Macs offer a number of benefits, but for many Windows users, it’s Apple’s top-rate design that helps seal the deal when pondering a new PC. But, a problem arises: What about those Windows apps? What if you don’t want to go the Boot Camp route? Fortunately, with Parallels Desktop 9 and VMware Fusion 6, two excellent alternatives exist.
I have been a huge proponent of virtualization for quite some time. However, up until recently, my only actual experience with the concept of virtualization at home was with test bed type setups. I would run VMware Workstation on my desktop, and whenever a new Linux distro would come out, I would play around with it in a virtual environment rather than take the time to either reboot into a live version, dual-boot, or setup a completely different machine.
Testing in this fashion has always been a very simple way for me to use to do just that… to test. I still have Workstation installed on my desktop and keep up-to-date when new versions are released. However, for the past 18 months, I have been using a Mac for my work provided notebook. Once the learning-curve passed, I enjoyed a smooth computing experience. For what I do in my day-to-day, I can honestly say that the switch to OS X was the right choice to make. But, I digress.
While I still run a PC at home, my Mac has proven extremely valuable – but every so often I need my Windows fix. If I need to test a particular scenario out, or help a customer with their issues on a Windows box, I was originally dead in the water, trying to assist from memory or test when I got home. After a bit of thinking, the choice was an obvious one. I pulled out an old trick and decided that virtualizing both Windows 7 and Server 2008 R2 was the right move.
I’ve got a background with VMware. My knowledge and experience with the platform over the years, both personally and professionally, have treated me well. When it came time to address my virtualization needs on the Mac, VMware’s own Fusion became an obvious choice. It allowed me to use the Windows programs I have always used, but within the Mac environment.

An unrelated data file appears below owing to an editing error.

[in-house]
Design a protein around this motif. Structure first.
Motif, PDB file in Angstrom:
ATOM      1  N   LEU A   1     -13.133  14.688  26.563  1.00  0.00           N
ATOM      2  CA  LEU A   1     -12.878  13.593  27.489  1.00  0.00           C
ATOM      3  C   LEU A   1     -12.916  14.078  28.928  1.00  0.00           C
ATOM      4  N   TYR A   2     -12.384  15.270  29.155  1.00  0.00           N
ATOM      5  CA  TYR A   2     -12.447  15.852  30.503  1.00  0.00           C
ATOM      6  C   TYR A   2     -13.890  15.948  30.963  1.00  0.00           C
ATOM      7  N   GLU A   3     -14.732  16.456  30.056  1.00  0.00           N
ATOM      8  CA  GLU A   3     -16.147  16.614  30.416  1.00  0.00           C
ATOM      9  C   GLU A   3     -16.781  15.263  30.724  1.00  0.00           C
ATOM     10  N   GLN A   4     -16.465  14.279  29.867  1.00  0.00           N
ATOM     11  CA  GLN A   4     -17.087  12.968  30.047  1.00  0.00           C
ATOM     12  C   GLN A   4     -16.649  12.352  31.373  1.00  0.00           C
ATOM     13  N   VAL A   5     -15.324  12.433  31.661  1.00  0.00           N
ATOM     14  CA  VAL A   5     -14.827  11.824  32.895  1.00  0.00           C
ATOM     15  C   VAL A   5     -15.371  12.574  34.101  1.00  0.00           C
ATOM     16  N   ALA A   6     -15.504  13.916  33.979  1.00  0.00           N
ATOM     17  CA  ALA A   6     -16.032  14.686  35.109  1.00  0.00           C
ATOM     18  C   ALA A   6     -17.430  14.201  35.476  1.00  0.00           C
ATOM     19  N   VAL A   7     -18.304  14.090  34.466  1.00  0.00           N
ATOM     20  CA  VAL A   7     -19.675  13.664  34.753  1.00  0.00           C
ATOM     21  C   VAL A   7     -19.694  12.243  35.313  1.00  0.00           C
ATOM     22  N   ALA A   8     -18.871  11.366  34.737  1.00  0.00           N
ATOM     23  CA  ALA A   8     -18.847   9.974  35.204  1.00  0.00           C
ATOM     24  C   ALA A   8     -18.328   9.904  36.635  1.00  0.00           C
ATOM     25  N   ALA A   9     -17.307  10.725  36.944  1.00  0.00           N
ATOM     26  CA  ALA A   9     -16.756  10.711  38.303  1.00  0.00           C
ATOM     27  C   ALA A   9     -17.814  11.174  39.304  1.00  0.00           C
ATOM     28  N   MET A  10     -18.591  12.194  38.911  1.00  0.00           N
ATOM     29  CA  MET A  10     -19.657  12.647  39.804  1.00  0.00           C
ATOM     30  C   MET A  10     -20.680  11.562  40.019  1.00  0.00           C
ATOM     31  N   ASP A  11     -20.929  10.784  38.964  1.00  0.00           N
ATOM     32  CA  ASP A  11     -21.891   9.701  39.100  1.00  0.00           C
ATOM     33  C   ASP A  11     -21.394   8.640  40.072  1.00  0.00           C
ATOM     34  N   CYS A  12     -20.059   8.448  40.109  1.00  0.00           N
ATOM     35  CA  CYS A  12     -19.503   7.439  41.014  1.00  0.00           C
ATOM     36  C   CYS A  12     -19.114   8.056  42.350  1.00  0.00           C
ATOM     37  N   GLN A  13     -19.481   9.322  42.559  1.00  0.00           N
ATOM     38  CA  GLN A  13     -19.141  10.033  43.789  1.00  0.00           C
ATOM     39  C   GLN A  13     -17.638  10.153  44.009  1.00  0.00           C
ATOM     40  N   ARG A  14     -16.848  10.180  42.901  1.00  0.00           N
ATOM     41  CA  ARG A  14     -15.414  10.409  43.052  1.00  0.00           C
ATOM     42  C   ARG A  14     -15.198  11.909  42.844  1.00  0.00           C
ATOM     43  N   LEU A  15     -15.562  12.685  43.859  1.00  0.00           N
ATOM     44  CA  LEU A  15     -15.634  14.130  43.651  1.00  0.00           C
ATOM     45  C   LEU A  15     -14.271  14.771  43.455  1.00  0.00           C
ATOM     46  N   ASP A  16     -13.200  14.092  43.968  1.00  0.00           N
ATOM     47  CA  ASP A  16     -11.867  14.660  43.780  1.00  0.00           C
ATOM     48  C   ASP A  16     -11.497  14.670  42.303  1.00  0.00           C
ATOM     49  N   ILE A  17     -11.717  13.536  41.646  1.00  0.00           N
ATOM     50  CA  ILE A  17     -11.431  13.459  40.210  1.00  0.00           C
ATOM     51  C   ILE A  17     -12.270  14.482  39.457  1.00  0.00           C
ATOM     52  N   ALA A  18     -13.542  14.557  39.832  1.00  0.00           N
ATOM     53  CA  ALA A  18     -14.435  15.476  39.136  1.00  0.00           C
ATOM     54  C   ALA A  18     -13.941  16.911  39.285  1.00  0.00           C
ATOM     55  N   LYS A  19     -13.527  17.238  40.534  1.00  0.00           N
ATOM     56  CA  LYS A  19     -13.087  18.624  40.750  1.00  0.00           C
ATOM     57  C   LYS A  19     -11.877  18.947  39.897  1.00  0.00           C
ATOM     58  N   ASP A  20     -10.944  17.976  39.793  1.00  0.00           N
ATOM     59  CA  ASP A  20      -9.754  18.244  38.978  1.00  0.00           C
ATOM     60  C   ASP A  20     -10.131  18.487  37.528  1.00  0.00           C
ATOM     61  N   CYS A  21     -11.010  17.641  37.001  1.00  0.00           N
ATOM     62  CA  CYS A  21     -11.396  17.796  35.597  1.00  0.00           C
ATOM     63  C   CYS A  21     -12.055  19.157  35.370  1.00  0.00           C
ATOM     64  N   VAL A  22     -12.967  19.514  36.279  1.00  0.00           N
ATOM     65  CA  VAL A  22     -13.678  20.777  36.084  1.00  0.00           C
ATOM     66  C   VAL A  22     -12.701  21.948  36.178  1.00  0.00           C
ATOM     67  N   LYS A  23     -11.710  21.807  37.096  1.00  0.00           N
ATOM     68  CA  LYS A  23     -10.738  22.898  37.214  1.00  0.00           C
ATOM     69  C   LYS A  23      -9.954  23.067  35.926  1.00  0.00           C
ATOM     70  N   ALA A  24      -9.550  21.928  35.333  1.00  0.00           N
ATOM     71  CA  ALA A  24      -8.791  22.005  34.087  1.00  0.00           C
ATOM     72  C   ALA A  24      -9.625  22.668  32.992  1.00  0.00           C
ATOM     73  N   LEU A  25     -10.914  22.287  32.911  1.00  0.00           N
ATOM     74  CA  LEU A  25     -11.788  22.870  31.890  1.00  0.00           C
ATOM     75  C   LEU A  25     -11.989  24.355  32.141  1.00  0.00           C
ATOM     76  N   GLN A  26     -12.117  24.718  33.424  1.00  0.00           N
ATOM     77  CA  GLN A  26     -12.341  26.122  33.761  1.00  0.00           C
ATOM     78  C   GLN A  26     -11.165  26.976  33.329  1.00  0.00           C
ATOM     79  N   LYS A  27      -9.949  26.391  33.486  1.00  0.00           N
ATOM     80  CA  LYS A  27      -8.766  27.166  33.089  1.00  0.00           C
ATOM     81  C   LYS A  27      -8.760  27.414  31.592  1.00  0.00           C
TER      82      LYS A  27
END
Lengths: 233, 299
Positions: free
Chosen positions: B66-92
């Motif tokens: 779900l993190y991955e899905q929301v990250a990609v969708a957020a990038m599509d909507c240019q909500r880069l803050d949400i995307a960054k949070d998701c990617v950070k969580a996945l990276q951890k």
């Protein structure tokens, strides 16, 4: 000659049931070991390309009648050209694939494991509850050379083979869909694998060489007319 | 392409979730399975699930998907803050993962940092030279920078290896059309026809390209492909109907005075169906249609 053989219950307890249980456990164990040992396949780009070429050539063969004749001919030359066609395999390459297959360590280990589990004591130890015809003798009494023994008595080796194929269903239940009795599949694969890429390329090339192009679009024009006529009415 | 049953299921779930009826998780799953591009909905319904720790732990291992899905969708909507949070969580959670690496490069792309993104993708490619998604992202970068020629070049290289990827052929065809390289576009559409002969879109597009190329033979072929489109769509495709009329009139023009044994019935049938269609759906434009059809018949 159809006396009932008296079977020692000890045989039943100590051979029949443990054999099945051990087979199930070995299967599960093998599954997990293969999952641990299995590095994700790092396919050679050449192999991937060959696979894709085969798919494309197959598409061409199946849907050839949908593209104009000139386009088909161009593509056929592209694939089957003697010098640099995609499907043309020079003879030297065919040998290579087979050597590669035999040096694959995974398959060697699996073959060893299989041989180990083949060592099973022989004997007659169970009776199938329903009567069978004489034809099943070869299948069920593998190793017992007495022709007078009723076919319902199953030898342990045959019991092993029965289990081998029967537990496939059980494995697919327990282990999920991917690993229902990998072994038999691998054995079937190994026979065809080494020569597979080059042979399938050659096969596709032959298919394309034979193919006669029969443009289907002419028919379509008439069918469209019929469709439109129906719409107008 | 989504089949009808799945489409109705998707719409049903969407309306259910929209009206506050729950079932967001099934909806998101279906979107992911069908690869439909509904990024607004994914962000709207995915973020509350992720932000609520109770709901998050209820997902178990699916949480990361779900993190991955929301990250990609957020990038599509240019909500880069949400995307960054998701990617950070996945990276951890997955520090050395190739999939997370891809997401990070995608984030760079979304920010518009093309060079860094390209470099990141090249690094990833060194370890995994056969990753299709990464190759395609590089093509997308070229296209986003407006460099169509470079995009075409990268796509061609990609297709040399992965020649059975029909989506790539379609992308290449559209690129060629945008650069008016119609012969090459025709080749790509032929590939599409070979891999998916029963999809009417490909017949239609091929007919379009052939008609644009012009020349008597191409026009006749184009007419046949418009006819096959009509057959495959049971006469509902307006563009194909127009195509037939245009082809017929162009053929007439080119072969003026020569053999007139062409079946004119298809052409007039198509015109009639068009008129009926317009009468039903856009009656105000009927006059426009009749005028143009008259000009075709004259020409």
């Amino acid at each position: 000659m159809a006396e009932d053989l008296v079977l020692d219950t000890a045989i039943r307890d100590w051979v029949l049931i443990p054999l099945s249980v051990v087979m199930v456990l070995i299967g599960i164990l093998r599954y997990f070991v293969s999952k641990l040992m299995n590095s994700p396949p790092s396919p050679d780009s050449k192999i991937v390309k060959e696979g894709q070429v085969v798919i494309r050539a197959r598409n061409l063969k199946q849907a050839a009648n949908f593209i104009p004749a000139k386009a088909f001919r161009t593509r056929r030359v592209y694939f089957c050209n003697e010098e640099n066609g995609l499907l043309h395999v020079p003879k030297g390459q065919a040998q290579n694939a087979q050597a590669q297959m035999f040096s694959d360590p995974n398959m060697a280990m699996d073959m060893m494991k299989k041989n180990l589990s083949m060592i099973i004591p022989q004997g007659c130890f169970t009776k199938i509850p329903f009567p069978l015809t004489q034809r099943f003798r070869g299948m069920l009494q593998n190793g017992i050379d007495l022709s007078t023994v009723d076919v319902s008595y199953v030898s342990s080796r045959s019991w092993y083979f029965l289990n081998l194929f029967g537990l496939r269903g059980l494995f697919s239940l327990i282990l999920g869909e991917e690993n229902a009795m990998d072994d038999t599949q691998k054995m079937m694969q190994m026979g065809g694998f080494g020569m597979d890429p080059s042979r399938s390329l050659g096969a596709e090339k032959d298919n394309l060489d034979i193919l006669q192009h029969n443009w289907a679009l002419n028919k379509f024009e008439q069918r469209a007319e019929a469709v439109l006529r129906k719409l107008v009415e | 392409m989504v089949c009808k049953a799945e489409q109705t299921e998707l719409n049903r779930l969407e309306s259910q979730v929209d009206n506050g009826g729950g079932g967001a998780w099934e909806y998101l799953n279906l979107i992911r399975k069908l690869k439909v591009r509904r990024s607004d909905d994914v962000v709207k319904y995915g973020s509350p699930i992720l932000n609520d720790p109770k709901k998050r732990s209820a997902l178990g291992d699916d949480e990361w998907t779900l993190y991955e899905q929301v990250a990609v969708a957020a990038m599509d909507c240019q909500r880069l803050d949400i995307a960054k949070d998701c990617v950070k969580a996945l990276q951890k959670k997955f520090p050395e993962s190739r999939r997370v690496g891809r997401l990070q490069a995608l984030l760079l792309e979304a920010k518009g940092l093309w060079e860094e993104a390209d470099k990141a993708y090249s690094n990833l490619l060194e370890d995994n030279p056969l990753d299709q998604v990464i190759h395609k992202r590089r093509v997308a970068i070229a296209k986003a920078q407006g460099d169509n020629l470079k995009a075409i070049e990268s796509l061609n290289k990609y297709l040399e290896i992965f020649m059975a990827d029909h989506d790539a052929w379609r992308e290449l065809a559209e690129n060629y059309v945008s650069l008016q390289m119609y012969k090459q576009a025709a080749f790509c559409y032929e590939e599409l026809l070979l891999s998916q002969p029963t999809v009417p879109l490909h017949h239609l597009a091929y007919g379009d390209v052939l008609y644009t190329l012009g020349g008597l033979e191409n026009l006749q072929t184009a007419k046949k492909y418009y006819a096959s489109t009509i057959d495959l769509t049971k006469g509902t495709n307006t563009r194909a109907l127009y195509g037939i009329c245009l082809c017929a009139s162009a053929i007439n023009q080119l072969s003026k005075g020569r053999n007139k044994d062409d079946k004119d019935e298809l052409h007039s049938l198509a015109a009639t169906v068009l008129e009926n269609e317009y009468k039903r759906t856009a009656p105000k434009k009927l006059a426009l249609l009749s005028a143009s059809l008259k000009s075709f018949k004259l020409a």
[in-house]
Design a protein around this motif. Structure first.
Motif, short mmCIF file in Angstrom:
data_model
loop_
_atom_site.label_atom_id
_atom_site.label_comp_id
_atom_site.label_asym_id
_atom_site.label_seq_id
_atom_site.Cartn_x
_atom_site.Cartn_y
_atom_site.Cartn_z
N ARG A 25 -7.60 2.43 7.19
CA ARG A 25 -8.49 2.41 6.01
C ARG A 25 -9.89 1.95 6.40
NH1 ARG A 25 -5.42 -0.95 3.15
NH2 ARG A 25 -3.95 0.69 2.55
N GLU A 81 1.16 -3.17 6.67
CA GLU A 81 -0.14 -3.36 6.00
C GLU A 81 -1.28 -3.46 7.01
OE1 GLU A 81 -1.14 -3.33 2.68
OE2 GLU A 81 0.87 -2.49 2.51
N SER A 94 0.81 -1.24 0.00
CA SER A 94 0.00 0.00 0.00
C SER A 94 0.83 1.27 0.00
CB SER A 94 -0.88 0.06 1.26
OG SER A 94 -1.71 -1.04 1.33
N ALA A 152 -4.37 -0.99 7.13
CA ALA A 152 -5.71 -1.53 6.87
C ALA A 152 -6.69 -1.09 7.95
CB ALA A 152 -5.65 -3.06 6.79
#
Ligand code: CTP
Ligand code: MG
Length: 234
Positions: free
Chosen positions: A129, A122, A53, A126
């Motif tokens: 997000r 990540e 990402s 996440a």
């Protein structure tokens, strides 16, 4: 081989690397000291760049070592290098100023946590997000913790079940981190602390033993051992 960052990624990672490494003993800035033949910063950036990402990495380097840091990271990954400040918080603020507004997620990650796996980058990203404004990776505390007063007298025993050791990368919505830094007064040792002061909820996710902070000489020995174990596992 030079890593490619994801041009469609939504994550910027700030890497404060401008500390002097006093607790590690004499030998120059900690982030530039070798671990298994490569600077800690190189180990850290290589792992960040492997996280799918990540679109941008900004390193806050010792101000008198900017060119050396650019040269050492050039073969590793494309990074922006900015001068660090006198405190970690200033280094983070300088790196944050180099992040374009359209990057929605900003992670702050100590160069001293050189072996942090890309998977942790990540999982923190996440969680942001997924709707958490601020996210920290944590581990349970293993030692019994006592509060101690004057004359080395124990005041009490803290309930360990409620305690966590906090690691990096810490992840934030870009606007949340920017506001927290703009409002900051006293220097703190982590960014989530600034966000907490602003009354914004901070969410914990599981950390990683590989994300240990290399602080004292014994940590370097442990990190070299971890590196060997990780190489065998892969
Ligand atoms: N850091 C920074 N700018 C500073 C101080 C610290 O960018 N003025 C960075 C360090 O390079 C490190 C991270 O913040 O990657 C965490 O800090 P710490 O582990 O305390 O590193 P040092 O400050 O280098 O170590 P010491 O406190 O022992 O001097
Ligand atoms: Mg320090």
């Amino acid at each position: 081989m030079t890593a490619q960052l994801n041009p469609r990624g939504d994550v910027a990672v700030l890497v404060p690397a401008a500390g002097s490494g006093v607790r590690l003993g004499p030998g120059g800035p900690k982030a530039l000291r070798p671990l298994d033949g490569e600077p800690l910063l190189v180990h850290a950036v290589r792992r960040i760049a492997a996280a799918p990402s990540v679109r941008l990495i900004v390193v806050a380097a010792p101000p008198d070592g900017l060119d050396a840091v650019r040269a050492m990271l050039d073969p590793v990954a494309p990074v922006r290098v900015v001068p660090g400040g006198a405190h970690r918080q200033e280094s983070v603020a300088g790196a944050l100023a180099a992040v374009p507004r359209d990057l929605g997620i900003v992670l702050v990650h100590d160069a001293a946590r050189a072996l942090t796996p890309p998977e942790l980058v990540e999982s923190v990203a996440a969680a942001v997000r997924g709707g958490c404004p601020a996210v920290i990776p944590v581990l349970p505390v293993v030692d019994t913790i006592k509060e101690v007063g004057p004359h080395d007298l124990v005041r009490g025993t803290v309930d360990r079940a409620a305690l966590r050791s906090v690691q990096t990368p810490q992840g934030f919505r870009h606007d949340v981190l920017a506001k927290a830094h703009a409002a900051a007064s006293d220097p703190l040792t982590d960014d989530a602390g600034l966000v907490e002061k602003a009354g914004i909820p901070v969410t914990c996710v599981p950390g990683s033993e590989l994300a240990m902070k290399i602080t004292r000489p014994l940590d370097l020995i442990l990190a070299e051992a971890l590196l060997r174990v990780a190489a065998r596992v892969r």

Comically enough, the primary reason I needed to virtualize Windows within Mac was to run VMware’s own vSphere client. I know there is a Web client, but who has time for that? Running the programs that I knew inside and out, and absolutely needed for day-to-day operation while still allowing me to use my Mac, allowed me to continue to slowly learn the ins and outs of the then-new operating system. Had I been forced to revert back to using a Windows PC full-time, or running Windows within Boot Camp, I wouldn’t have been able to continue my use and learn OS X at a pace I was comfortable with. There is something to be said for simply removing the crutch. By virtualizing Windows within OS X, I was forced to work within the Mac ecosystem – forced to continue to learn the ins and outs without a true fallback into Windows.
That was a good many words about VMware Fusion, but it is by no means the only show in town. When the idea of this article came up, I began to look into Parallels as well. Having experience with Sun’s VirtualBox, I knew there were other quality options out there for OS X beyond what VMware had to offer. Additionally, various conversations with friends and co-workers over the years about the product led me to an understanding that the company’s offering is a solid one. With Parallels, the first mainstream virtualization product for Macs (leveraging the then-new Apple/Intel partnership), and the ability to run Windows within OS X was a reality. Parallels has been around for a relatively long time and I knew that any look at virtualization on the Mac simply had to include it.
With all that said, this article is going to be a look at both VMware Fusion 6 and Parallels Desktop 9 for Mac. While comparisons between the two will naturally be made, this article is not intended to be a head-to-head comparison and there will not be a winner crowned upon its conclusion. Both are their own unique solution yet offer very similar services to the end-user. With that in mind, let’s begin by discussing the test hardware.
The notebook used for this article is a mid-2010 MacBook Pro. It’s an older notebook, that’s for sure, but with 8GB of system memory, a 2.66 GHz Core-i7, an NVIDIA GeForce GT330M discrete video card, and a 128GB Samsung SSD, it more than met the challenge for our testing purposes.
When we first started to work on this article, it was mid-September. With Mavericks being so close to release, I made the choice to hold off publication until the latest out of Cupertino had a chance to reach GA status. After making the update, I ran the same rounds of tests, touching on functionality, performance, and ease-of-use. After updating to Mavericks, and updating both Parallels 9 and Fusion 6 to their latest builds, we completed one final round of testing. The final build versions used were:
With all that out-of-the-way, let’s take a look at Parallels Desktop 9